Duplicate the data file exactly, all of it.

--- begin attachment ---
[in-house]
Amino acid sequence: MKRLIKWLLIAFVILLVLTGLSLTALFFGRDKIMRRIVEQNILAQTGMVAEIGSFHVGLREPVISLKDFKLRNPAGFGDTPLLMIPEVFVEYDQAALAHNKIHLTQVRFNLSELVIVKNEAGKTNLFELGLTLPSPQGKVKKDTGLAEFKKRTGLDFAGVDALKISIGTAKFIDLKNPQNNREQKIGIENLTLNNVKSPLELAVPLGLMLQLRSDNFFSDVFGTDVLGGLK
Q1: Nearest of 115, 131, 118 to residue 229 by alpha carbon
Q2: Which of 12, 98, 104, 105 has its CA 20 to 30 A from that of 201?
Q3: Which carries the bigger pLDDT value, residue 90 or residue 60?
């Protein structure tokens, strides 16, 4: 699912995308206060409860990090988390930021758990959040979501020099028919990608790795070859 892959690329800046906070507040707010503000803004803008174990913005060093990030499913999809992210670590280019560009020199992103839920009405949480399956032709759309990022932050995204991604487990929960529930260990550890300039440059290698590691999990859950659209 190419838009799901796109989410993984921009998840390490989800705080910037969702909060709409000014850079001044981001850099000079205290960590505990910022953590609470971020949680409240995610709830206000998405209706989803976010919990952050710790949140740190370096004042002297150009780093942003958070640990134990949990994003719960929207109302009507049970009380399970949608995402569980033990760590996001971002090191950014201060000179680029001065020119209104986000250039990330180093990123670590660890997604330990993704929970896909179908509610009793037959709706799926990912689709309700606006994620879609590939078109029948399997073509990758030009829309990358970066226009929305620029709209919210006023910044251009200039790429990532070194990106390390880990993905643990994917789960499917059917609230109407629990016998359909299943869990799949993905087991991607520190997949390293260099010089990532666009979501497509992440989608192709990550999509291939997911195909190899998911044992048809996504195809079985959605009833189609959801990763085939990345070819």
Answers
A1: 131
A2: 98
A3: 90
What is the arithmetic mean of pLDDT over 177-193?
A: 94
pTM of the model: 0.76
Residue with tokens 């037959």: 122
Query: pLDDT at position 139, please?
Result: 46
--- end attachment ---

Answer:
[in-house]
Amino acid sequence: MKRLIKWLLIAFVILLVLTGLSLTALFFGRDKIMRRIVEQNILAQTGMVAEIGSFHVGLREPVISLKDFKLRNPAGFGDTPLLMIPEVFVEYDQAALAHNKIHLTQVRFNLSELVIVKNEAGKTNLFELGLTLPSPQGKVKKDTGLAEFKKRTGLDFAGVDALKISIGTAKFIDLKNPQNNREQKIGIENLTLNNVKSPLELAVPLGLMLQLRSDNFFSDVFGTDVLGGLK
Q1: Nearest of 115, 131, 118 to residue 229 by alpha carbon
Q2: Which of 12, 98, 104, 105 has its CA 20 to 30 A from that of 201?
Q3: Which carries the bigger pLDDT value, residue 90 or residue 60?
């Protein structure tokens, strides 16, 4: 699912995308206060409860990090988390930021758990959040979501020099028919990608790795070859 892959690329800046906070507040707010503000803004803008174990913005060093990030499913999809992210670590280019560009020199992103839920009405949480399956032709759309990022932050995204991604487990929960529930260990550890300039440059290698590691999990859950659209 190419838009799901796109989410993984921009998840390490989800705080910037969702909060709409000014850079001044981001850099000079205290960590505990910022953590609470971020949680409240995610709830206000998405209706989803976010919990952050710790949140740190370096004042002297150009780093942003958070640990134990949990994003719960929207109302009507049970009380399970949608995402569980033990760590996001971002090191950014201060000179680029001065020119209104986000250039990330180093990123670590660890997604330990993704929970896909179908509610009793037959709706799926990912689709309700606006994620879609590939078109029948399997073509990758030009829309990358970066226009929305620029709209919210006023910044251009200039790429990532070194990106390390880990993905643990994917789960499917059917609230109407629990016998359909299943869990799949993905087991991607520190997949390293260099010089990532666009979501497509992440989608192709990550999509291939997911195909190899998911044992048809996504195809079985959605009833189609959801990763085939990345070819």
Answers
A1: 131
A2: 98
A3: 90
What is the arithmetic mean of pLDDT over 177-193?
A: 94
pTM of the model: 0.76
Residue with tokens 């037959």: 122
Query: pLDDT at position 139, please?
Result: 46